How-to like James Bond - Nice Bow Tie Too.

Some helpful Bond advice


There is one accessory no aspiring Bond should be without — a Bond girl. But how to snag one? If you’ve read The Game, the bestseller by Neil Strauss, you’ll know about the “seduction community”, a group of men who swap online pick-up tips based on the premise that a man does not need to be especially good-looking to charm beautiful women.

A key player in the community is Wayne “Juggler” Elise, who heads Charisma Arts a company that claims to have turned thousands of inept men into smooth-talking lotharios.

Charisma Arts runs regular Charm School Boot Camps, coaching men in body language, “storytelling” and how to put across the right “vibe”. During the three-day course, they are taken to bars and nightclubs to test the techniques on unwary women. The key to success, says Elise, is to “internalise the beliefs of a man who is naturally charismatic”.

You can attend the boot camp in any of half a dozen cities, including San Francisco, Las Vegas and London. But the most appealing venue is the capital of chat, New York City, where courses are held once or twice a month at a cost of £865.

If you’re on the pull, you’ll want a cool crib. In Fleming’s Live and Let Die, Bond took a top-floor suite at the St Regis (00 800 3254 5454, www. stregis.com), on East 55th Street and Fifth Avenue, described by the author as “the best hotel in New York”. The King Cole Bar in the St Regis — one of several bars that claim to be the birthplace of the bloody mary — is a snug venue to celebrate your conquests. . . or drown your sorrows.


If you’re hoping to step into Bond’s well-polished shoes, you will almost certainly need to work on your appearance, starting with a new suit. In his novels, Fleming declined to name 007’s tailor, but he did specify that Bond favoured lightweight, single-breasted suits in navy serge. For a golfing weekend in the country, he would pack a hound’s-tooth check jacket.

Since Pierce Brosnan took over the role, Bond’s suits have been made by Brioni, a family-run Italian tailor. The Brioni look is sharp — wide in the shoulder and narrow in the waist, but lighter and softer than you’d get in Savile Row. (No mention of James Bond's black silk Bow Tie).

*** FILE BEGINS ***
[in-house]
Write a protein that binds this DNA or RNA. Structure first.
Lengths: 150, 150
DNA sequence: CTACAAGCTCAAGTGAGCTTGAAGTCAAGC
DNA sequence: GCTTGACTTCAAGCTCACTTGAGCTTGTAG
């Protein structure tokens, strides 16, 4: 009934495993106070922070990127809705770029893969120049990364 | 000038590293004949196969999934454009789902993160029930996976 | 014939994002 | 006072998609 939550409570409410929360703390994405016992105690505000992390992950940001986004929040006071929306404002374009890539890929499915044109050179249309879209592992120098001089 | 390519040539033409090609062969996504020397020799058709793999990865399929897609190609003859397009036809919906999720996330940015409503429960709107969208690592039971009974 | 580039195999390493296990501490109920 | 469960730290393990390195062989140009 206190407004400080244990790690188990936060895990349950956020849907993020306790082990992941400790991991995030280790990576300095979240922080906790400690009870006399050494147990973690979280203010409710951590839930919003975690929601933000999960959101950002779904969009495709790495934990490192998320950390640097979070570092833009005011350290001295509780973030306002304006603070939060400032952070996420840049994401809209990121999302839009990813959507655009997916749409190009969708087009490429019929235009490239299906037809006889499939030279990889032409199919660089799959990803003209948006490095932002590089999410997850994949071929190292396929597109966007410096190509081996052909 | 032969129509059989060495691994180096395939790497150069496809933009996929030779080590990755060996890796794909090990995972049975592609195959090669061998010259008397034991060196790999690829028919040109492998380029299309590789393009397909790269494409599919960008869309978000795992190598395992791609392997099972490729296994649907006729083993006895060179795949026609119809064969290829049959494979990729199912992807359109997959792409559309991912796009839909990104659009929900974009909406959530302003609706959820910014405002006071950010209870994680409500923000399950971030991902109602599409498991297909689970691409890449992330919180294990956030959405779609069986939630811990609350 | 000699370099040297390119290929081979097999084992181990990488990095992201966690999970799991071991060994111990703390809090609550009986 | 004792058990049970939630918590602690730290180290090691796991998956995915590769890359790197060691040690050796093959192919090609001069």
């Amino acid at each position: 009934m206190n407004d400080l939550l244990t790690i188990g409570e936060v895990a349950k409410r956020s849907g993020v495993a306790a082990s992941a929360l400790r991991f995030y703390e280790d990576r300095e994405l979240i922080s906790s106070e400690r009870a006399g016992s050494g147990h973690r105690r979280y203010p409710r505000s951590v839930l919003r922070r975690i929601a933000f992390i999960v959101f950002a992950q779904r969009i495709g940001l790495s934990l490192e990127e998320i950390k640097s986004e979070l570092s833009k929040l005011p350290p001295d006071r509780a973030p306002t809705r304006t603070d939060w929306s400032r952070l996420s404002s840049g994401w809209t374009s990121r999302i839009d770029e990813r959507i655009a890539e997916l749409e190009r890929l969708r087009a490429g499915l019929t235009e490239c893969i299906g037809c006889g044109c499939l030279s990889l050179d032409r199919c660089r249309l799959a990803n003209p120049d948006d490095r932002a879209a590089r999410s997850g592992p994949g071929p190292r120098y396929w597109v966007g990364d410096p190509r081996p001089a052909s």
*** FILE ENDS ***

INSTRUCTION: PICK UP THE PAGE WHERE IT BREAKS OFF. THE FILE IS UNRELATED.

The suits aren’t cheap. You can buy off the peg at the London branch in Bruton Street (020 7491 7700, www.brioni.it; from £1,900), but if you want bespoke, you’ll need to fork out several thousand and spend at least two weeks in Milan kicking your heels between fittings.

A more alluring option is to jet off to Hong Kong and be measured up by one of the world’s most famous tailors. Manu Melwani — known to everybody as Sam — will not only kit you out with a superb handmade suit in high-quality fabric within 48 hours, he’ll do it for a bargain £250. Sam’s satisfied customers include Brosnan and Roger Moore, so you can rest assured that you’re getting James Bond quality at M&S prices. Sam’s (00 852 2367 9423, www.samstailor.com) is at 94 Nathan Road, Kowloon.

You shouldn’t have any problems filling your time in Hong Kong. Stay at the Philippe Starck-designed JIA (00 852 3196 9000, www.jiahongkong.com), in Causeway Bay, which has sleek designer studios for a bargain £135, B&B, then chow down with local office workers for some of the world’s best dim sum at Maxim’s Palace, a startlingly cacophonous red-and-gold dining room beside the Star Ferry terminal.

At night, the lights come on. Hong Kong’s neon-drenched skyline is never short of spectacular, but now, every evening at 8pm, a high-tech synchronised light show is projected onto the sky from 30 skyscrapers on both sides of the harbour. Watch it from the top deck of the Star Ferry (the fare is a mere 15p) or from Felix, a super-swanky bar on the 28th floor of the Peninsula Hotel, where you can sink cocktails until 2am. More...


Post a Comment

Links to this post:

Create a Link

<< Home